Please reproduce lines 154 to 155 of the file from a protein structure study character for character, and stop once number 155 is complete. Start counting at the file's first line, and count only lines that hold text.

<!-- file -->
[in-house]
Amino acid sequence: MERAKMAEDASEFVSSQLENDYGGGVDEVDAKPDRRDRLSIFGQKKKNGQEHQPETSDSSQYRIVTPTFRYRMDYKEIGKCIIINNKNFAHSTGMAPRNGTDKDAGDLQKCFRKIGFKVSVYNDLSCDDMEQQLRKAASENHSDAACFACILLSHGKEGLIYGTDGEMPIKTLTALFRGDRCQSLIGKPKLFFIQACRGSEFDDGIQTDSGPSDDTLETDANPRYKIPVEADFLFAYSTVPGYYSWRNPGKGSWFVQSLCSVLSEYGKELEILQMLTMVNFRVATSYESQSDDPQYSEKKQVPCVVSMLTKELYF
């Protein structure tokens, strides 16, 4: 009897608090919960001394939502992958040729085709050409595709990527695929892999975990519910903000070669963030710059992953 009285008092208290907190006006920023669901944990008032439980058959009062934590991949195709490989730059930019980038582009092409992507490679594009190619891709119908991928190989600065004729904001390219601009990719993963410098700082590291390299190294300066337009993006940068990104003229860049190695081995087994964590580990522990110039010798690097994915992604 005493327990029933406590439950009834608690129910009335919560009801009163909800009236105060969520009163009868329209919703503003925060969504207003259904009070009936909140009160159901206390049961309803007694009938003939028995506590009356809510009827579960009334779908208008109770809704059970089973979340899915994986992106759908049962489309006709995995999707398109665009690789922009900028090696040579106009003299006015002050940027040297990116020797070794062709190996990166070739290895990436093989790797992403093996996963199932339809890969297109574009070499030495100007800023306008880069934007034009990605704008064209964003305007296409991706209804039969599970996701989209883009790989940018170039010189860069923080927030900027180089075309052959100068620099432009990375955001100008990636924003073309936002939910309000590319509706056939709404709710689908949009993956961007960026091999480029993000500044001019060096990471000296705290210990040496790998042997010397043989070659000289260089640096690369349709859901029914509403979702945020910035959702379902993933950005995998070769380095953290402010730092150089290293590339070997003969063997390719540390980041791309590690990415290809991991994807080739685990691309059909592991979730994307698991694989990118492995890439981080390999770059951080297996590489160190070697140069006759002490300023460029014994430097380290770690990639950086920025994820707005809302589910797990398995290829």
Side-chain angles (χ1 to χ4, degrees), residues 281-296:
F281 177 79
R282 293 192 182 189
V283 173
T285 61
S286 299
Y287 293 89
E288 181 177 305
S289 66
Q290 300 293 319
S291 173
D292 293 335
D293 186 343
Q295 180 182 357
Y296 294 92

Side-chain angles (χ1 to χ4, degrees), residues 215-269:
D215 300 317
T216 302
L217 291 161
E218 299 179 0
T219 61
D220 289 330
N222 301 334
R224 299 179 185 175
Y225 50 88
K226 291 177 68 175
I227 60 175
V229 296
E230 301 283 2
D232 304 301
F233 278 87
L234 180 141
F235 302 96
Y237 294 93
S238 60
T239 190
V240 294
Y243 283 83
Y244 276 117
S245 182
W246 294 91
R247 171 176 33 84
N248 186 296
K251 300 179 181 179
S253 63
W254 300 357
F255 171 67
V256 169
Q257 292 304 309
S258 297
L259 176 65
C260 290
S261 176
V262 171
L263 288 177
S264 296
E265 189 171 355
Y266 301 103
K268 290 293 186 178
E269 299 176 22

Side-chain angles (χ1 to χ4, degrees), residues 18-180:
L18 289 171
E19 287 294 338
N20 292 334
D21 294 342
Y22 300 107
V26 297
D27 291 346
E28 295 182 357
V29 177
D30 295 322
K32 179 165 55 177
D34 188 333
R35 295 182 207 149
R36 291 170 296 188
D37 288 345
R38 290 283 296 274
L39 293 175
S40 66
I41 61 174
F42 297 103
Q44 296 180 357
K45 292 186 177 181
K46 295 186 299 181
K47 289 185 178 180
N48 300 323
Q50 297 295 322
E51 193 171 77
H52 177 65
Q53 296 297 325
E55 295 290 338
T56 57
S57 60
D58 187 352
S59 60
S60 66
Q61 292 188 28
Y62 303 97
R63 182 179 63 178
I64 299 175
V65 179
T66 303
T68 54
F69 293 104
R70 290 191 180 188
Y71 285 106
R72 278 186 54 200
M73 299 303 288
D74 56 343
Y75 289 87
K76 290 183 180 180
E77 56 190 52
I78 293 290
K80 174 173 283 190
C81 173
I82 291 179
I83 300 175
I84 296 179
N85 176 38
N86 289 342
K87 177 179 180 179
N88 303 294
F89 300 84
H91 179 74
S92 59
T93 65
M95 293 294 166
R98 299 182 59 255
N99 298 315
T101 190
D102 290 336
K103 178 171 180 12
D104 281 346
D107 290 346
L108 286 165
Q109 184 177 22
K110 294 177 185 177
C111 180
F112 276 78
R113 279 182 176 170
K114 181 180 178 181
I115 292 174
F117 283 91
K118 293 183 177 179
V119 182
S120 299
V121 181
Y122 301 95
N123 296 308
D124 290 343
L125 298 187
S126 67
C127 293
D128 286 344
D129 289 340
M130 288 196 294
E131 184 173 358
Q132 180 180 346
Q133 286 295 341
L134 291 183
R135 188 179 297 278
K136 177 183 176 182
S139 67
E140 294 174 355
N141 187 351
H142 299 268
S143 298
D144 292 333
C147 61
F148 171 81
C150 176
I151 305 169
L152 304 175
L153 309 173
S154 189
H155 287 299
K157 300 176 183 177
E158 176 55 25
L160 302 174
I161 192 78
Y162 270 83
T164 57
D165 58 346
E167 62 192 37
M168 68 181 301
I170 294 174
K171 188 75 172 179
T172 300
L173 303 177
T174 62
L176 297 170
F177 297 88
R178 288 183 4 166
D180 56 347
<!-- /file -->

L125 298 187
S126 67